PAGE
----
And that’s kind of how I see De Niro’s performance in Goodfellas. Sure, De Niro’s performance as the Irish-American, Jimmy Conway, is both inviting to Liotta’s character and intimidating. But the film, which is about a young man who rises up the ranks in the mafia, is kind of great outside of De Niro’s performance. When I think of Goodfellas, De Niro’s character is always the third character I think of. Not bad, but definitely not his best, either.
5. Casino (1995)
There’s an argument to be made about whether Casino is better than Goodfellas, and it all goes to Robert De Niro’s performance in this mid-‘90s gangster film. De Niro plays a Jewish-American sports handicapper who’s tasked by the Chicago mafia to oversee a Casino in Vegas. Things go well at first, but the film also chronicles how things go south over the course of time.
I prefer De Niro’s performance in Casino to Goodfella’s because he’s the star this time, and I love to see him sweat. He’s not the confident killer he is in many other films, but rather, somebody who’s really struggling. You don’t see that often with De Niro, but when you do, it’s appreciated.
4. Cape Fear (1991)
De Niro plays intimidating characters well, but in Cape Fear, he got creepy. Playing a rapist who studies the law and goes after the public defender who put him away, De Niro got super shredded for this role. But the best part is just how gross he is as Max Cady, especially when he’s kicking it with the prosecutor’s teenage daughter, played by Julliette Lewis.
This is a really dark performance, and it’s uncomfortable to watch. You get totally absorbed with De Niro’s performance and it gets to the point that you legitimately hate him. It’s a visceral role and one of his best with Scorsese.
3. The King of Comedy (1982)
The King of Comedy is sometimes called a satirical black comedy drama film, but I don’t see anything funny about it. De Niro plays a man who’s obsessed with fame and is seeking out any means to break in as possible. It feels like he thinks that comedy just seems like the best route for him. But De Niro’s performance in this makes me even more uncomfortable than Cape Fear did, which is insane.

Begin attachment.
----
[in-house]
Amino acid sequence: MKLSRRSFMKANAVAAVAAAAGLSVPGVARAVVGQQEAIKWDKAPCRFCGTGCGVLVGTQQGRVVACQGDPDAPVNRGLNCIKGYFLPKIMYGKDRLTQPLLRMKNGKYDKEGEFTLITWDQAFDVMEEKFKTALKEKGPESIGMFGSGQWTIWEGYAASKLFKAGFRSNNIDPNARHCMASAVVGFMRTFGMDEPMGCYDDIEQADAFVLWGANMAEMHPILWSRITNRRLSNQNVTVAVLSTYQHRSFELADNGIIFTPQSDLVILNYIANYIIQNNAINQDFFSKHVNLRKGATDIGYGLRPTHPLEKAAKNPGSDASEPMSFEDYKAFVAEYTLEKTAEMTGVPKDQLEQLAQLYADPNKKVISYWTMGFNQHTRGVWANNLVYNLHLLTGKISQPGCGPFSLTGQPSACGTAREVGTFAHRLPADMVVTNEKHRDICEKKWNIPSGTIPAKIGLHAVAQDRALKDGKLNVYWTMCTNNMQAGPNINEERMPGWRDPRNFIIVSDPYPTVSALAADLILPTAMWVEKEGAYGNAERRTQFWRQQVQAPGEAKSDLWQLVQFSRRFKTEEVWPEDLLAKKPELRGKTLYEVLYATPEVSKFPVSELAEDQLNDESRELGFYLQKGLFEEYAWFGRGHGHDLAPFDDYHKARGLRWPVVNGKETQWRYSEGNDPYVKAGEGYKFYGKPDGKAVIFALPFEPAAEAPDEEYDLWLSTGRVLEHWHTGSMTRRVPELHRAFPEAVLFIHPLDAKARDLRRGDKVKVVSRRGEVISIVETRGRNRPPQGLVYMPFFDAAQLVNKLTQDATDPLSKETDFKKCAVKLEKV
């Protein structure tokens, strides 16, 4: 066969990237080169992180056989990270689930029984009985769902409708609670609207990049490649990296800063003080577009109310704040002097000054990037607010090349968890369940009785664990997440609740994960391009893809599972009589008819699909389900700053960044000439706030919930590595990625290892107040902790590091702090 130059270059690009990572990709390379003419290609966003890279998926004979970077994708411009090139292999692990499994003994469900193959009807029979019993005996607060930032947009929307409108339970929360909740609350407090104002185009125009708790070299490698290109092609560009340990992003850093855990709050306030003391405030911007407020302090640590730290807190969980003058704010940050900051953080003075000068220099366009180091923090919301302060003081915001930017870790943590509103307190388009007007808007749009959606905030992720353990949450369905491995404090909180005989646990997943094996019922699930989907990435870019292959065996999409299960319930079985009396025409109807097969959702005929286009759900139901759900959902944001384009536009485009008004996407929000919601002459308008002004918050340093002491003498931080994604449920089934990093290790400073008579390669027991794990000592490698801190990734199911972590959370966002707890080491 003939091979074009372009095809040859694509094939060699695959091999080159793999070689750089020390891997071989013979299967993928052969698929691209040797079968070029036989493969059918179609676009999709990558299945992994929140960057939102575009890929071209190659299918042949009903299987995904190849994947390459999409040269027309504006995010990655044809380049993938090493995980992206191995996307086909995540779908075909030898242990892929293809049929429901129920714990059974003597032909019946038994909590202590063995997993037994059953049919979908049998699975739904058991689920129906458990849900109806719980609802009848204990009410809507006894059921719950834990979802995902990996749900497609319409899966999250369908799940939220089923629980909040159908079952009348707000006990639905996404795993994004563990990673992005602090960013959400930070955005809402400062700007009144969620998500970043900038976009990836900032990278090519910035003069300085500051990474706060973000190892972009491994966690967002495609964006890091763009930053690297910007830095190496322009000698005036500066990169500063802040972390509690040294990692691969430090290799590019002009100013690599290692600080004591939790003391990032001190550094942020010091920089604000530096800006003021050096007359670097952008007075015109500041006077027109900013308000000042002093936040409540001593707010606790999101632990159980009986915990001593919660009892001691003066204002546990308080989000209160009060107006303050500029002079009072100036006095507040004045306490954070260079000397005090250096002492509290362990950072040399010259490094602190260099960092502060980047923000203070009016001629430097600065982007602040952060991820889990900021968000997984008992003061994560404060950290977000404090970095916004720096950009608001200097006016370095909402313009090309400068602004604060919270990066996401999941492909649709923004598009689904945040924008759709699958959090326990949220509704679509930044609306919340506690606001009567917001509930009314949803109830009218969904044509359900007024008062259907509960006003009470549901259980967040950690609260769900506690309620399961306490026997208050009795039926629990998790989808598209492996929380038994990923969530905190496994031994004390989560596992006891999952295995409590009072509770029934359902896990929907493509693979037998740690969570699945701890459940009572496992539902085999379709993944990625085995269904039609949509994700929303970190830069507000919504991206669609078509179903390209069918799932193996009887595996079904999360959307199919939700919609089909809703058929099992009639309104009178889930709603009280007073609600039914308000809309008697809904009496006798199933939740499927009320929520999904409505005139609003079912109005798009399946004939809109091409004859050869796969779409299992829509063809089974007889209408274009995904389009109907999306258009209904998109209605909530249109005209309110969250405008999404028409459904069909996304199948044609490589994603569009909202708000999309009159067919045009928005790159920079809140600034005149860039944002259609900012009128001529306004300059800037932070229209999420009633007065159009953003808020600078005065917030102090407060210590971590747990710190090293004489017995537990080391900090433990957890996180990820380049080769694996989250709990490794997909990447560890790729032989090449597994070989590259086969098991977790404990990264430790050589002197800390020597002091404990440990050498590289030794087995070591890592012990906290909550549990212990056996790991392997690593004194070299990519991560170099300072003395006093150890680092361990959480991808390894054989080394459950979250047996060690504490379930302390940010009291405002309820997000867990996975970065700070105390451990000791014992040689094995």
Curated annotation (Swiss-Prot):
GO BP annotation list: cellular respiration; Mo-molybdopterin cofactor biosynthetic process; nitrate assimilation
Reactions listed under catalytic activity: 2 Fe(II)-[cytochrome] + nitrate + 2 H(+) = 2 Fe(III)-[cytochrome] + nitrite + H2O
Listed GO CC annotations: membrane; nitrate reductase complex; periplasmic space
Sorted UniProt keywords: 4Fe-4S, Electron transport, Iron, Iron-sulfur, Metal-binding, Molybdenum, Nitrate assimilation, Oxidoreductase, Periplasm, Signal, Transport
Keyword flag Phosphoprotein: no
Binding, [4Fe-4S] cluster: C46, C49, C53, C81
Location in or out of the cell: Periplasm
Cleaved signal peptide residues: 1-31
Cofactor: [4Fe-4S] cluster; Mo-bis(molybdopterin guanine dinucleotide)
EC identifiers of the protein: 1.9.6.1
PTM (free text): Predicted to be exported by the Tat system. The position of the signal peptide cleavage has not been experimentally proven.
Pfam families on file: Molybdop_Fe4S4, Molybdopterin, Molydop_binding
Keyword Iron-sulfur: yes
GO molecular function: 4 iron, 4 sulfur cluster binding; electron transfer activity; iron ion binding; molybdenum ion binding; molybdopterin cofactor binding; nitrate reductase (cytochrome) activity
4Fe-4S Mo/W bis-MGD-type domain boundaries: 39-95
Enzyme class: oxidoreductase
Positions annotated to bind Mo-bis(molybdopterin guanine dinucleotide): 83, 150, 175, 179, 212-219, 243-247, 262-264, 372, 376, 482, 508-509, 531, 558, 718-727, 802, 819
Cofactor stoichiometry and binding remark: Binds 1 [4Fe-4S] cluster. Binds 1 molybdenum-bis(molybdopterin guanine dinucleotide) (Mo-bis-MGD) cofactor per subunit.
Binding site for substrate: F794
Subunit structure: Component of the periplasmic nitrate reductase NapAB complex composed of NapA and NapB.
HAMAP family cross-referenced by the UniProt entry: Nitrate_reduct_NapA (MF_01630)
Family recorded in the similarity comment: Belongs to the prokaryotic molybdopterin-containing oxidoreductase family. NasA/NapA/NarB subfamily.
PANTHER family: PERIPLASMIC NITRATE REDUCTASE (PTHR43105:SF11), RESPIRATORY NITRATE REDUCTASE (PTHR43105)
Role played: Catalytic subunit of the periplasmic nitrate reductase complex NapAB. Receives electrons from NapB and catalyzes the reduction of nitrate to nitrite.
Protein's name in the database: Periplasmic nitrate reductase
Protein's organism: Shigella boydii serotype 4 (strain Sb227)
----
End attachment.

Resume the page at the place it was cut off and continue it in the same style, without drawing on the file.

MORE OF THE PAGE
It’s all because Max Cady in Cape Fear feels like a character, while Rupert Pupkin, who even kidnaps a celebrity to get what he wants, feels very real. He sinks into his own head and has delusions of grandeur, and it’s an extremely dark and nuanced performance that gives me the creeps.
2. Taxi Driver (1976)
Possibly Scorsese’s darkest film, De Niro plays a taxi driver who is becoming more and more disenchanted with the world. It gets to the point that he believes he’s going to clean up the streets himself, just like some public service vigilante.
Travis Bickle was an incel before the term even existed. In my mind, this is De Niro’s most nuanced performance as he plays the kind of man that you can both sympathize with, but also not want to step foot near. His deteriorating mind is gradual at first, but then sharp. It’s my favorite De Niro/Scorsese performance, but I know everybody’s else favorite…
1. Raging Bull (1980)
The film that won Robert de Niro his Best Actor trophy, Raging Bull is about the kind of man who would openly tell somebody to punch him in the face. Playing real life boxer, Jake LaMotta, De Niro is both in tremendous shape, and also in not so tremendous shape, as the film chronicles his boxing career as well as what happened afterward.
Though I find Travis Bickle’s story much more compelling, one can’t help but love all the facets and nuances of De Niro’s performance in Raging Bull. He’s likable at times, but also so terrifying to everybody around him that it’s sometimes hard to even stomach. Raging Bull is not only De Niro’s best performance with Scorsese. It’s probably his greatest performance of all time.
And that’s the list. But which of these is your favorite De Niro performance in a Scorsese film? Sound off in the poll below. And if you want to know things like what we think are the best Martin Scorsese movies, then make sure to stop by often.
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Rich is a Jersey boy, through and through. He graduated from Rutgers University (Go, R.U.!), and thinks the Garden State is the best state in the country. That said, he’ll take Chicago Deep Dish pizza over a New York slice any day of the week. Don’t hate. When he’s not watching his two kids, he’s usually working on a novel, watching vintage movies, or reading some obscure book.